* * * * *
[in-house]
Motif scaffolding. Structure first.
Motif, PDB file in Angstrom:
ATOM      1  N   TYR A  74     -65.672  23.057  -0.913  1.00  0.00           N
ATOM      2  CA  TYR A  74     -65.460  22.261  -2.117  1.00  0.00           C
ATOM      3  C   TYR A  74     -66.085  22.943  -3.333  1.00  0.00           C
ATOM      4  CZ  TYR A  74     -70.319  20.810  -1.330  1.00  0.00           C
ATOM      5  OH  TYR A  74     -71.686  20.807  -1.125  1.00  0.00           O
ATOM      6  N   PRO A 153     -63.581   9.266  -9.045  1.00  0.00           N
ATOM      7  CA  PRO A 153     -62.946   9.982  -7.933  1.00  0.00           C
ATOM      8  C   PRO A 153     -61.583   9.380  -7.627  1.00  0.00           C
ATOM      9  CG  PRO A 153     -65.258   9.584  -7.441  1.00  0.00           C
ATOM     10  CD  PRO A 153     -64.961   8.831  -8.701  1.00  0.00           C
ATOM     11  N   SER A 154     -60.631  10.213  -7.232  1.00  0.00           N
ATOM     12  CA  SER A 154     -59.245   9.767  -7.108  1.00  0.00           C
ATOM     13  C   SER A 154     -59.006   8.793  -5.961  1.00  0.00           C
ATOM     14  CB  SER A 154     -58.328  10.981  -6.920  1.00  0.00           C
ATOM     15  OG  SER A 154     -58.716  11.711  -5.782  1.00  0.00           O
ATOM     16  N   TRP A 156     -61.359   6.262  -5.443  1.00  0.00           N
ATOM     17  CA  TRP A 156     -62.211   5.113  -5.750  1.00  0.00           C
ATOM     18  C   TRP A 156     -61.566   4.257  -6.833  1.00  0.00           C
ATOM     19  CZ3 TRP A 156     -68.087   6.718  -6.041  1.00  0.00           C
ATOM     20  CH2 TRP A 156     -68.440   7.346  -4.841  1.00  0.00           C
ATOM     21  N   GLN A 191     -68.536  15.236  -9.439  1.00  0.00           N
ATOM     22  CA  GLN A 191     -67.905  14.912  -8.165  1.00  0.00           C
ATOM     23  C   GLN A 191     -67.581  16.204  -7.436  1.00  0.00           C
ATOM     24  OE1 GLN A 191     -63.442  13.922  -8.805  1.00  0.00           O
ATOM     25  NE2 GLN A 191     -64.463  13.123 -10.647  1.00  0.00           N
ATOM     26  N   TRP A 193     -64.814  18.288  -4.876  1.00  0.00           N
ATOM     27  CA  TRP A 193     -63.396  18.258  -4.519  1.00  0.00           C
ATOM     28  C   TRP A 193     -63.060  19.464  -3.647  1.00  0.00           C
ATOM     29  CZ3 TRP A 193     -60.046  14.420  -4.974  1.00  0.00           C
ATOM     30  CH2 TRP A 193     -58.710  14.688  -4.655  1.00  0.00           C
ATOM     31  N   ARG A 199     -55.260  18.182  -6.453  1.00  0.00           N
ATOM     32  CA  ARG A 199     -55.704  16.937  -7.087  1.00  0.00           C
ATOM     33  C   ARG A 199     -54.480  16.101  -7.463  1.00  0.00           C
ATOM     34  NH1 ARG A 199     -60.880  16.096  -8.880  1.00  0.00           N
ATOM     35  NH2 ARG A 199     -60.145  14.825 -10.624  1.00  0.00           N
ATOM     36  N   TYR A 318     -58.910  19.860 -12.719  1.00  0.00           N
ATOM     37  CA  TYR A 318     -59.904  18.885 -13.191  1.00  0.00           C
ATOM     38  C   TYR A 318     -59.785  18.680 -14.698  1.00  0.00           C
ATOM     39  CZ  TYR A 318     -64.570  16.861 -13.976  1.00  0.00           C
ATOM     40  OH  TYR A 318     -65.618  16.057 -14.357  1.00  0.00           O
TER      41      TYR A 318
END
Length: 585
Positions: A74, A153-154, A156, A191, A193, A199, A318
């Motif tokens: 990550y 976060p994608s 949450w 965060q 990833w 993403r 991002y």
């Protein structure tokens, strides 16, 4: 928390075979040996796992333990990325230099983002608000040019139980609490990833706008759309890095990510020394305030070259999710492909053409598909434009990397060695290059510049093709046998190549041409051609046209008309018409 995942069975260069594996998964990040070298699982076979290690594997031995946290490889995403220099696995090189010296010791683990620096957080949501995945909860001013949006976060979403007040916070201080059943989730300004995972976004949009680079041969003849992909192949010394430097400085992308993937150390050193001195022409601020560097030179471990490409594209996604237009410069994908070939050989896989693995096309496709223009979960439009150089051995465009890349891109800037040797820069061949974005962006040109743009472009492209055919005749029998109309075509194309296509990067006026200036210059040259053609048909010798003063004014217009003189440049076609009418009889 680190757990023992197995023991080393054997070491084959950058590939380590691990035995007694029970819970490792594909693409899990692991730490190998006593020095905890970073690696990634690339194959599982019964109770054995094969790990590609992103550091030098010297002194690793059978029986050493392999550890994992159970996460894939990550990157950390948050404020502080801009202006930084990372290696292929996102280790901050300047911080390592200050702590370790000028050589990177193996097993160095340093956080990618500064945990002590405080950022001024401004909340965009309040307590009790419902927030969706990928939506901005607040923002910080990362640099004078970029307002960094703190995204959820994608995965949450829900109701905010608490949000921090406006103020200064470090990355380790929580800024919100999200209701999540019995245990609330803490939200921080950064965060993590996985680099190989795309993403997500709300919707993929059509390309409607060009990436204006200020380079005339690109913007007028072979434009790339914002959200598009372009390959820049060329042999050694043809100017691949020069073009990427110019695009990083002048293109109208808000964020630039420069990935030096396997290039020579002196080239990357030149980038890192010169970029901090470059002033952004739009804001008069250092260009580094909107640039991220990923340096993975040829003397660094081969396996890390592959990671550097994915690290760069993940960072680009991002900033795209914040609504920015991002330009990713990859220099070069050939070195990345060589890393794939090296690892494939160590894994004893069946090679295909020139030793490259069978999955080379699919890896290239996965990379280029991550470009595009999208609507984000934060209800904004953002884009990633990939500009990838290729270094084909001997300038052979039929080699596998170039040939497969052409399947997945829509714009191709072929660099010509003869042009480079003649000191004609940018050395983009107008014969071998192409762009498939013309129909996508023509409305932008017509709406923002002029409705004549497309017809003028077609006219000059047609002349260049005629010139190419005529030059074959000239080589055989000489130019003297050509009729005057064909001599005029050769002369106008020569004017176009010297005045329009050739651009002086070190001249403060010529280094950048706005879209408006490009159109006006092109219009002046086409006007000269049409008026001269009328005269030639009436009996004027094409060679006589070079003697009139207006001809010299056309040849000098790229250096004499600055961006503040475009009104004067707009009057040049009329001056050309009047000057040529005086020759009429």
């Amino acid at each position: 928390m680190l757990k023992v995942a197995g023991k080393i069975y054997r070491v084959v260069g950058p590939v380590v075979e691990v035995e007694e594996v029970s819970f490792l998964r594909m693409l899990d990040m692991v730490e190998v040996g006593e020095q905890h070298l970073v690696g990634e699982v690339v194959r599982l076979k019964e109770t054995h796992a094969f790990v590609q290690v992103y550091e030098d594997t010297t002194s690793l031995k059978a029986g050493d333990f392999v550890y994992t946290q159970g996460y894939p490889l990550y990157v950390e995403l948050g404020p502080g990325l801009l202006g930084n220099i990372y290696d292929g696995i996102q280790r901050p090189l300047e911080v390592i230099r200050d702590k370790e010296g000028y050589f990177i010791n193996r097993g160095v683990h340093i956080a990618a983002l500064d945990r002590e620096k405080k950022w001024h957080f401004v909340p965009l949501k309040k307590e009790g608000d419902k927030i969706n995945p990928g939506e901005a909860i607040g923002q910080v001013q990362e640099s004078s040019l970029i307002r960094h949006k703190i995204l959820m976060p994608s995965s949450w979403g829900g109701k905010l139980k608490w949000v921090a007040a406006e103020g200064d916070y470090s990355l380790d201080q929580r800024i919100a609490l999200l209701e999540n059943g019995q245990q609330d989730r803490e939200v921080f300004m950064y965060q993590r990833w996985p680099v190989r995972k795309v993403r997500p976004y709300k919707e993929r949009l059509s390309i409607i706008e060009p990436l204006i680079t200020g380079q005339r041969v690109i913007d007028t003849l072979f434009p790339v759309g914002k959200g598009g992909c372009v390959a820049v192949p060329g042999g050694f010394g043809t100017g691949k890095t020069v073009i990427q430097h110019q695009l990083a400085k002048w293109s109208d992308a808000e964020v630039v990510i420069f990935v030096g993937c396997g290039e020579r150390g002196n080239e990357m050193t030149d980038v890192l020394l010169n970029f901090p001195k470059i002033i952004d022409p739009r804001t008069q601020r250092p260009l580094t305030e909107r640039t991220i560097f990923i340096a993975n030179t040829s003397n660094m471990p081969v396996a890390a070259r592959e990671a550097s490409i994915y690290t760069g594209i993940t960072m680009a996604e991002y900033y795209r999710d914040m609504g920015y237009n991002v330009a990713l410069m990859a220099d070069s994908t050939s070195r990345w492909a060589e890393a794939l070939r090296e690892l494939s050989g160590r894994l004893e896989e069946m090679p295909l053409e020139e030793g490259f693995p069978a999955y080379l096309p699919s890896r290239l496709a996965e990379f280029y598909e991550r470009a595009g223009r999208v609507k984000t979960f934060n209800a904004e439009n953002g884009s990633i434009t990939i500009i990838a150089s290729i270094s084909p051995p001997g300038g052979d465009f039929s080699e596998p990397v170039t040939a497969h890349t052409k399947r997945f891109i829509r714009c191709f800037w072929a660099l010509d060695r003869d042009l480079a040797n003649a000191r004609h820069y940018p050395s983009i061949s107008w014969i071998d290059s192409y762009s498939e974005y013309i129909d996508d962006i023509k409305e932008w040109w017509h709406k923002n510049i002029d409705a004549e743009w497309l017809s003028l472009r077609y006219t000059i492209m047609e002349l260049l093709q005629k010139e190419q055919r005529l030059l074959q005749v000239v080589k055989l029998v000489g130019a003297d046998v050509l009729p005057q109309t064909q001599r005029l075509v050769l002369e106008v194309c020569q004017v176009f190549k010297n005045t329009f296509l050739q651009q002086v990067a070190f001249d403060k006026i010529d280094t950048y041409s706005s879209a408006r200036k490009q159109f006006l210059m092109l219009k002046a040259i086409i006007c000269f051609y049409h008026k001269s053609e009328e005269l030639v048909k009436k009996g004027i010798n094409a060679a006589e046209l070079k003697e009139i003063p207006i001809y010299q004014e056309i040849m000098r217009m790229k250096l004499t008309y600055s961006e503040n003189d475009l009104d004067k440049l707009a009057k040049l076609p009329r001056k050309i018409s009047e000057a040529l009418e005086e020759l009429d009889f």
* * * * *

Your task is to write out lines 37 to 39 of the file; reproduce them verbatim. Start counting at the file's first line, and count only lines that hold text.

ATOM     34  NH1 ARG A 199     -60.880  16.096  -8.880  1.00  0.00           N
ATOM     35  NH2 ARG A 199     -60.145  14.825 -10.624  1.00  0.00           N
ATOM     36  N   TYR A 318     -58.910  19.860 -12.719  1.00  0.00           N